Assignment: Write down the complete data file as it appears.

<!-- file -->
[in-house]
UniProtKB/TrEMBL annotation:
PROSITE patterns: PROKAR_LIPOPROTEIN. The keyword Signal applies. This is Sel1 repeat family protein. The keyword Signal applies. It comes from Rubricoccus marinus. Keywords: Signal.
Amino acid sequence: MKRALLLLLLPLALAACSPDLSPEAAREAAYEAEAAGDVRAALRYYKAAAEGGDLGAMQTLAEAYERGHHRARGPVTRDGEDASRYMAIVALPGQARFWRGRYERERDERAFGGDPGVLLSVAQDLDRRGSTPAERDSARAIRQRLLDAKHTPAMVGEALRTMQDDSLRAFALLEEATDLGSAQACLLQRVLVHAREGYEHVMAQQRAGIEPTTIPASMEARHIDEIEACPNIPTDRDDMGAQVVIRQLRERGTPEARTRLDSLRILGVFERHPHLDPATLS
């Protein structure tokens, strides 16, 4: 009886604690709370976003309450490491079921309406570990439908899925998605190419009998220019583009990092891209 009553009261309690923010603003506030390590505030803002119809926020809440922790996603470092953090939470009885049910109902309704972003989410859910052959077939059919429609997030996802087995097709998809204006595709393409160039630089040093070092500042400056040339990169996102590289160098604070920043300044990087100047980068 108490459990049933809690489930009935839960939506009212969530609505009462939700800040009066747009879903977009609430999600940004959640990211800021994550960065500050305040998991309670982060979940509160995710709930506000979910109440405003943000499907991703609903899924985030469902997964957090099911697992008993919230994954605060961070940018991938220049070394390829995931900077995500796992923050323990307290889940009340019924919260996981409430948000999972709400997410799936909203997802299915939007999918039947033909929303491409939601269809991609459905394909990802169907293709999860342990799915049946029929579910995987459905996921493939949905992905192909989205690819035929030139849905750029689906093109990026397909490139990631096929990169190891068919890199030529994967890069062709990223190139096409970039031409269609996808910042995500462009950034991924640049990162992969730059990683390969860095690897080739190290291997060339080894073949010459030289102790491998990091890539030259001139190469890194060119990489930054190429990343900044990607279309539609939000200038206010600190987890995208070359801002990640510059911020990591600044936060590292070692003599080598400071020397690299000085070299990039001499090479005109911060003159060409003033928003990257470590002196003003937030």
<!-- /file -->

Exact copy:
[in-house]
UniProtKB/TrEMBL annotation:
PROSITE patterns: PROKAR_LIPOPROTEIN. The keyword Signal applies. This is Sel1 repeat family protein. The keyword Signal applies. It comes from Rubricoccus marinus. Keywords: Signal.
Amino acid sequence: MKRALLLLLLPLALAACSPDLSPEAAREAAYEAEAAGDVRAALRYYKAAAEGGDLGAMQTLAEAYERGHHRARGPVTRDGEDASRYMAIVALPGQARFWRGRYERERDERAFGGDPGVLLSVAQDLDRRGSTPAERDSARAIRQRLLDAKHTPAMVGEALRTMQDDSLRAFALLEEATDLGSAQACLLQRVLVHAREGYEHVMAQQRAGIEPTTIPASMEARHIDEIEACPNIPTDRDDMGAQVVIRQLRERGTPEARTRLDSLRILGVFERHPHLDPATLS
């Protein structure tokens, strides 16, 4: 009886604690709370976003309450490491079921309406570990439908899925998605190419009998220019583009990092891209 009553009261309690923010603003506030390590505030803002119809926020809440922790996603470092953090939470009885049910109902309704972003989410859910052959077939059919429609997030996802087995097709998809204006595709393409160039630089040093070092500042400056040339990169996102590289160098604070920043300044990087100047980068 108490459990049933809690489930009935839960939506009212969530609505009462939700800040009066747009879903977009609430999600940004959640990211800021994550960065500050305040998991309670982060979940509160995710709930506000979910109440405003943000499907991703609903899924985030469902997964957090099911697992008993919230994954605060961070940018991938220049070394390829995931900077995500796992923050323990307290889940009340019924919260996981409430948000999972709400997410799936909203997802299915939007999918039947033909929303491409939601269809991609459905394909990802169907293709999860342990799915049946029929579910995987459905996921493939949905992905192909989205690819035929030139849905750029689906093109990026397909490139990631096929990169190891068919890199030529994967890069062709990223190139096409970039031409269609996808910042995500462009950034991924640049990162992969730059990683390969860095690897080739190290291997060339080894073949010459030289102790491998990091890539030259001139190469890194060119990489930054190429990343900044990607279309539609939000200038206010600190987890995208070359801002990640510059911020990591600044936060590292070692003599080598400071020397690299000085070299990039001499090479005109911060003159060409003033928003990257470590002196003003937030």